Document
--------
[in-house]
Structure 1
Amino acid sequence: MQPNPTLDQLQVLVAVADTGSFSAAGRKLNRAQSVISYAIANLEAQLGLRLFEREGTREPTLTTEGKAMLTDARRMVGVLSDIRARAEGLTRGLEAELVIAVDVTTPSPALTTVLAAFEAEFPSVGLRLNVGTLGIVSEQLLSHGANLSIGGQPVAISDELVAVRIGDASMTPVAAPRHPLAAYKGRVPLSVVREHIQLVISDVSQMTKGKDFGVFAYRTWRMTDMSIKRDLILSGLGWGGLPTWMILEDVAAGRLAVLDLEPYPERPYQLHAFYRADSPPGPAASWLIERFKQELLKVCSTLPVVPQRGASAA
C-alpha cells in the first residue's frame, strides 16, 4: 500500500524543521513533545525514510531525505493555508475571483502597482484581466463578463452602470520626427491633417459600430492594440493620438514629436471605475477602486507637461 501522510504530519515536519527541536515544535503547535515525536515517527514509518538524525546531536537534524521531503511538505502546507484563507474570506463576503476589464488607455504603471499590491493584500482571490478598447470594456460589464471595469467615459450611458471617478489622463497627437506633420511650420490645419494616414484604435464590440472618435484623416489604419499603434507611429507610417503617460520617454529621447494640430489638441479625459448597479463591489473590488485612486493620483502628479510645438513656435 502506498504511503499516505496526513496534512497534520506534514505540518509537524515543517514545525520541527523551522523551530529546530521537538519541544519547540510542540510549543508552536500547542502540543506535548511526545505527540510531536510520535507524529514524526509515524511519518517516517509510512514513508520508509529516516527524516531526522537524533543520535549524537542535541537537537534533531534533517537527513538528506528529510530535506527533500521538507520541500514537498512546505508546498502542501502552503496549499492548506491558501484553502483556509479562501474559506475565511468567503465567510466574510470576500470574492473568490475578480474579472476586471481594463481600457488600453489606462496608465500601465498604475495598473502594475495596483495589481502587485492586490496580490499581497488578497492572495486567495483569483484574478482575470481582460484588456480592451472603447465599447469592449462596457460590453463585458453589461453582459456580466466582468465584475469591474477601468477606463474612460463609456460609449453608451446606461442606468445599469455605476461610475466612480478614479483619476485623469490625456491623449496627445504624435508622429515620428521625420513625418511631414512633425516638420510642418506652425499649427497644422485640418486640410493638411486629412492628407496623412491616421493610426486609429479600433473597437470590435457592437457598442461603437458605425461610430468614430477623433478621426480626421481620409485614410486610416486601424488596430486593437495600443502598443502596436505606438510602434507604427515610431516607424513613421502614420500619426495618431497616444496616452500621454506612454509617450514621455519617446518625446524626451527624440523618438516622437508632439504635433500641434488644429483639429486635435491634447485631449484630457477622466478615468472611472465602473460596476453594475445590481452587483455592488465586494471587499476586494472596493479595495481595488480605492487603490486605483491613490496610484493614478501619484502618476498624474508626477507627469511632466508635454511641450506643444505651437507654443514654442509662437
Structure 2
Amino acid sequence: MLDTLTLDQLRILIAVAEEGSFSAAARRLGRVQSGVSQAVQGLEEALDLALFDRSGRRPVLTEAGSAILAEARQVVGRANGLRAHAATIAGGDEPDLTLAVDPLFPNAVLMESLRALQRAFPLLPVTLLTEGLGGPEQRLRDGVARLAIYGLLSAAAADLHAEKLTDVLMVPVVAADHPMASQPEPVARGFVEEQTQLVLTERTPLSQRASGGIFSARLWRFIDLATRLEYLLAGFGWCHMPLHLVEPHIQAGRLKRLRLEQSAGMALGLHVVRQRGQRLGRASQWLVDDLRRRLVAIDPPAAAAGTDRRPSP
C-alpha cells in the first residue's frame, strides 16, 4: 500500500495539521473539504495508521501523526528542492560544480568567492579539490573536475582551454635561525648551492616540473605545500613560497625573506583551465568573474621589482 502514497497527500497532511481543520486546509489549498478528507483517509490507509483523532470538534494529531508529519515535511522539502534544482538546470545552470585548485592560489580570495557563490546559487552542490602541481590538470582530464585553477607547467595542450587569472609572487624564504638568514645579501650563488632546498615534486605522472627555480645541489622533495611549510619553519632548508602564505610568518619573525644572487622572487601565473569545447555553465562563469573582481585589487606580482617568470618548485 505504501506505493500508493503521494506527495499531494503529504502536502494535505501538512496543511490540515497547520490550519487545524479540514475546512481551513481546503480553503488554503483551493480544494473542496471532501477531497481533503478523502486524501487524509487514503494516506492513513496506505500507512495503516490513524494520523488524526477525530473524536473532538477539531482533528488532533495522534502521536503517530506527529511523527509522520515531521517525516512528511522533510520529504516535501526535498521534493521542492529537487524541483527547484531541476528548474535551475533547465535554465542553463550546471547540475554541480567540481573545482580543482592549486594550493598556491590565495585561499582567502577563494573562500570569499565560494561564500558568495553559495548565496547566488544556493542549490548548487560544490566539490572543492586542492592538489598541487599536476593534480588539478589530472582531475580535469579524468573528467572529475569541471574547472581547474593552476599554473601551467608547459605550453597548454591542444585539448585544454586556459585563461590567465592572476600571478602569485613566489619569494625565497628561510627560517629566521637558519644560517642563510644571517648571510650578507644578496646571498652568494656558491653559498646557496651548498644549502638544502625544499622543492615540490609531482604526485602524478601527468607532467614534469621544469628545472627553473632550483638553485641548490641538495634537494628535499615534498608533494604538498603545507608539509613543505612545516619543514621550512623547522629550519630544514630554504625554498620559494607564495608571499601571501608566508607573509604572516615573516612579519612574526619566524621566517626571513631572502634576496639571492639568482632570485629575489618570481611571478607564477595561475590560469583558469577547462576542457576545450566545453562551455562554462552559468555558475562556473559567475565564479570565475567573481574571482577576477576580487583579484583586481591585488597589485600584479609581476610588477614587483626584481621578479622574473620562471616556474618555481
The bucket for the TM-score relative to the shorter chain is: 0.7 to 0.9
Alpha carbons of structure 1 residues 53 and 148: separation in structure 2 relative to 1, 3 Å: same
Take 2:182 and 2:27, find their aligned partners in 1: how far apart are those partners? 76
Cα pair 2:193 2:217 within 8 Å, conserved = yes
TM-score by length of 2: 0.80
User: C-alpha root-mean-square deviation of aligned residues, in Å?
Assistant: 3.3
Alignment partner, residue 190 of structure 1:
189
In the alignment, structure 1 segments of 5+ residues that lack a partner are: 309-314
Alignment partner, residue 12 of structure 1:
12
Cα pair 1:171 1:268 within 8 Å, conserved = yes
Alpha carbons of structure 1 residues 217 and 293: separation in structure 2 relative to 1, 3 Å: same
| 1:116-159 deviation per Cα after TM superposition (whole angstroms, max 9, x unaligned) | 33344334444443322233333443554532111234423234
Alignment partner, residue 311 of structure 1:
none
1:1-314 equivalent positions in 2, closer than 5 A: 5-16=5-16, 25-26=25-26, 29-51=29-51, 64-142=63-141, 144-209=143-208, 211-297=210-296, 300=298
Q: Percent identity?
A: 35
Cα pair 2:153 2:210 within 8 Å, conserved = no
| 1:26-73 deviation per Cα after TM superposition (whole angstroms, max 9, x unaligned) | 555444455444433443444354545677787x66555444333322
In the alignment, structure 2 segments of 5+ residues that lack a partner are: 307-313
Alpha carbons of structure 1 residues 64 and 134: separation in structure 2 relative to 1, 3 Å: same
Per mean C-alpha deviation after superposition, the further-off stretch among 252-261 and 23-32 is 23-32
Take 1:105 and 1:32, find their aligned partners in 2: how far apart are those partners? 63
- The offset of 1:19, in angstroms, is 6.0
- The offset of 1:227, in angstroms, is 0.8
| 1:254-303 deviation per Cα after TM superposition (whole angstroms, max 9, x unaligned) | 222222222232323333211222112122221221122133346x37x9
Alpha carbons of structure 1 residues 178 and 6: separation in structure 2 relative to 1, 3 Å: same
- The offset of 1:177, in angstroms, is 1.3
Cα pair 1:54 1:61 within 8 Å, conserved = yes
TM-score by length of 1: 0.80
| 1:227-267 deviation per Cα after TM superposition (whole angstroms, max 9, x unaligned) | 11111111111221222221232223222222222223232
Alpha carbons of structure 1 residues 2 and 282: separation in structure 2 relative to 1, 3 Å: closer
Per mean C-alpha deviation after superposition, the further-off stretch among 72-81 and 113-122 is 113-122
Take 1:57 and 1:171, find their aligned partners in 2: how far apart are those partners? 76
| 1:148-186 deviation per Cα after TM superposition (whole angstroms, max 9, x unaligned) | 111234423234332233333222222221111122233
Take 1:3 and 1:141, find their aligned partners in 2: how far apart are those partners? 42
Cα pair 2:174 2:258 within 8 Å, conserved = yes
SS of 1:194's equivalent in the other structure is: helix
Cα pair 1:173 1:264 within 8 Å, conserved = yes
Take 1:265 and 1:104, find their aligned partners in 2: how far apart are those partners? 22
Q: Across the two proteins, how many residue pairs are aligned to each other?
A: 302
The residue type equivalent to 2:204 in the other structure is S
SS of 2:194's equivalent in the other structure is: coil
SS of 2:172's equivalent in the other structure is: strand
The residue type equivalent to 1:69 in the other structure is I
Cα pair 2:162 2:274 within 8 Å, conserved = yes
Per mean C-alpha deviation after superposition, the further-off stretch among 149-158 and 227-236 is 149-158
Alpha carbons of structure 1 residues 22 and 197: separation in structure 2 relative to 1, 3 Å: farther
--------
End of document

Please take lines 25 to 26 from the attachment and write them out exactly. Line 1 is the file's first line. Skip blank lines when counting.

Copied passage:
1:1-314 equivalent positions in 2, closer than 5 A: 5-16=5-16, 25-26=25-26, 29-51=29-51, 64-142=63-141, 144-209=143-208, 211-297=210-296, 300=298
Q: Percent identity?